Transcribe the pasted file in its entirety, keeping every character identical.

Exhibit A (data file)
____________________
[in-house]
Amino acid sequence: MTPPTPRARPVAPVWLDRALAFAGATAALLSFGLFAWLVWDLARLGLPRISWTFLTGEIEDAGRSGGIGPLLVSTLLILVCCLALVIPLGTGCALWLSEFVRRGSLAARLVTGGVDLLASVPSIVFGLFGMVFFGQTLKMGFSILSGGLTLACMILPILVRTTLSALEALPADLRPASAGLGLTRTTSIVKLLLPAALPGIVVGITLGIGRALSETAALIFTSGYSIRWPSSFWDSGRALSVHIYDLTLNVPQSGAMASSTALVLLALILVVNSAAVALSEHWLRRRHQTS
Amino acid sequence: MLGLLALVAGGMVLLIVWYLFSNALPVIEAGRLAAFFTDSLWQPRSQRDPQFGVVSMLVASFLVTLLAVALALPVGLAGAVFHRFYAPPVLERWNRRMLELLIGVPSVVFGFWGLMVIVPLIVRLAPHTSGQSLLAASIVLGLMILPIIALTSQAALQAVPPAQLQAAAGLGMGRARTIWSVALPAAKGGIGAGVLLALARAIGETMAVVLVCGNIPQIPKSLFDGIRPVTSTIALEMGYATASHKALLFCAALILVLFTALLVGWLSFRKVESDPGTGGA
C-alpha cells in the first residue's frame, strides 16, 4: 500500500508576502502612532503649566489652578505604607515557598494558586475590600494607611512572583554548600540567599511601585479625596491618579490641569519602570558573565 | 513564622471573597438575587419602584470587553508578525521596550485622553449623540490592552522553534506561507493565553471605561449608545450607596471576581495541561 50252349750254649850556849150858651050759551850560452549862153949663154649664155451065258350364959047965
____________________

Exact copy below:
[in-house]
Amino acid sequence: MTPPTPRARPVAPVWLDRALAFAGATAALLSFGLFAWLVWDLARLGLPRISWTFLTGEIEDAGRSGGIGPLLVSTLLILVCCLALVIPLGTGCALWLSEFVRRGSLAARLVTGGVDLLASVPSIVFGLFGMVFFGQTLKMGFSILSGGLTLACMILPILVRTTLSALEALPADLRPASAGLGLTRTTSIVKLLLPAALPGIVVGITLGIGRALSETAALIFTSGYSIRWPSSFWDSGRALSVHIYDLTLNVPQSGAMASSTALVLLALILVVNSAAVALSEHWLRRRHQTS
Amino acid sequence: MLGLLALVAGGMVLLIVWYLFSNALPVIEAGRLAAFFTDSLWQPRSQRDPQFGVVSMLVASFLVTLLAVALALPVGLAGAVFHRFYAPPVLERWNRRMLELLIGVPSVVFGFWGLMVIVPLIVRLAPHTSGQSLLAASIVLGLMILPIIALTSQAALQAVPPAQLQAAAGLGMGRARTIWSVALPAAKGGIGAGVLLALARAIGETMAVVLVCGNIPQIPKSLFDGIRPVTSTIALEMGYATASHKALLFCAALILVLFTALLVGWLSFRKVESDPGTGGA
C-alpha cells in the first residue's frame, strides 16, 4: 500500500508576502502612532503649566489652578505604607515557598494558586475590600494607611512572583554548600540567599511601585479625596491618579490641569519602570558573565 | 513564622471573597438575587419602584470587553508578525521596550485622553449623540490592552522553534506561507493565553471605561449608545450607596471576581495541561 50252349750254649850556849150858651050759551850560452549862153949663154649664155451065258350364959047965